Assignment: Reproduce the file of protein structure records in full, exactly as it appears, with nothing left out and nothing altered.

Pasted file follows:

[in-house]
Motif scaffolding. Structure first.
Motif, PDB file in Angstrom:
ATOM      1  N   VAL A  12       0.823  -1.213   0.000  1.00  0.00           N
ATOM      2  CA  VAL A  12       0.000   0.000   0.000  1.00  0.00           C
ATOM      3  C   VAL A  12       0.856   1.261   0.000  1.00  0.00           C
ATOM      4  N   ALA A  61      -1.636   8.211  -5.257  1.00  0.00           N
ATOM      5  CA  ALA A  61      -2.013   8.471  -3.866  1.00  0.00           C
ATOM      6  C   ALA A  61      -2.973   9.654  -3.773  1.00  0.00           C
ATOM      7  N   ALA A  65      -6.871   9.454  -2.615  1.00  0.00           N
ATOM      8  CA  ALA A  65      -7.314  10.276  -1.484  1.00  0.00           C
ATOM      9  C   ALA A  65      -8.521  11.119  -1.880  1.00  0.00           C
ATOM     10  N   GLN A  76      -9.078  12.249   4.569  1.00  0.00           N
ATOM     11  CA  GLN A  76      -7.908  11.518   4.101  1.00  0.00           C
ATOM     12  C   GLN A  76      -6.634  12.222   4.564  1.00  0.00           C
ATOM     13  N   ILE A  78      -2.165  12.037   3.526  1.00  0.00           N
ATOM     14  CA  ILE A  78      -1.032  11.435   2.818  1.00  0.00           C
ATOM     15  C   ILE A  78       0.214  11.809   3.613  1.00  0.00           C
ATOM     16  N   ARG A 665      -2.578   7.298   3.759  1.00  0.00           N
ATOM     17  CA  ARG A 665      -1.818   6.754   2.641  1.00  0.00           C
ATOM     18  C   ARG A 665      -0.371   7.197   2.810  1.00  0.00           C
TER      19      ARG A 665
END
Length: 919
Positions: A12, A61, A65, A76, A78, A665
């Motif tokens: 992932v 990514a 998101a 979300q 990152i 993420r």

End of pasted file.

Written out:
[in-house]
Motif scaffolding. Structure first.
Motif, PDB file in Angstrom:
ATOM      1  N   VAL A  12       0.823  -1.213   0.000  1.00  0.00           N
ATOM      2  CA  VAL A  12       0.000   0.000   0.000  1.00  0.00           C
ATOM      3  C   VAL A  12       0.856   1.261   0.000  1.00  0.00           C
ATOM      4  N   ALA A  61      -1.636   8.211  -5.257  1.00  0.00           N
ATOM      5  CA  ALA A  61      -2.013   8.471  -3.866  1.00  0.00           C
ATOM      6  C   ALA A  61      -2.973   9.654  -3.773  1.00  0.00           C
ATOM      7  N   ALA A  65      -6.871   9.454  -2.615  1.00  0.00           N
ATOM      8  CA  ALA A  65      -7.314  10.276  -1.484  1.00  0.00           C
ATOM      9  C   ALA A  65      -8.521  11.119  -1.880  1.00  0.00           C
ATOM     10  N   GLN A  76      -9.078  12.249   4.569  1.00  0.00           N
ATOM     11  CA  GLN A  76      -7.908  11.518   4.101  1.00  0.00           C
ATOM     12  C   GLN A  76      -6.634  12.222   4.564  1.00  0.00           C
ATOM     13  N   ILE A  78      -2.165  12.037   3.526  1.00  0.00           N
ATOM     14  CA  ILE A  78      -1.032  11.435   2.818  1.00  0.00           C
ATOM     15  C   ILE A  78       0.214  11.809   3.613  1.00  0.00           C
ATOM     16  N   ARG A 665      -2.578   7.298   3.759  1.00  0.00           N
ATOM     17  CA  ARG A 665      -1.818   6.754   2.641  1.00  0.00           C
ATOM     18  C   ARG A 665      -0.371   7.197   2.810  1.00  0.00           C
TER      19      ARG A 665
END
Length: 919
Positions: A12, A61, A65, A76, A78, A665
């Motif tokens: 992932v 990514a 998101a 979300q 990152i 993420r």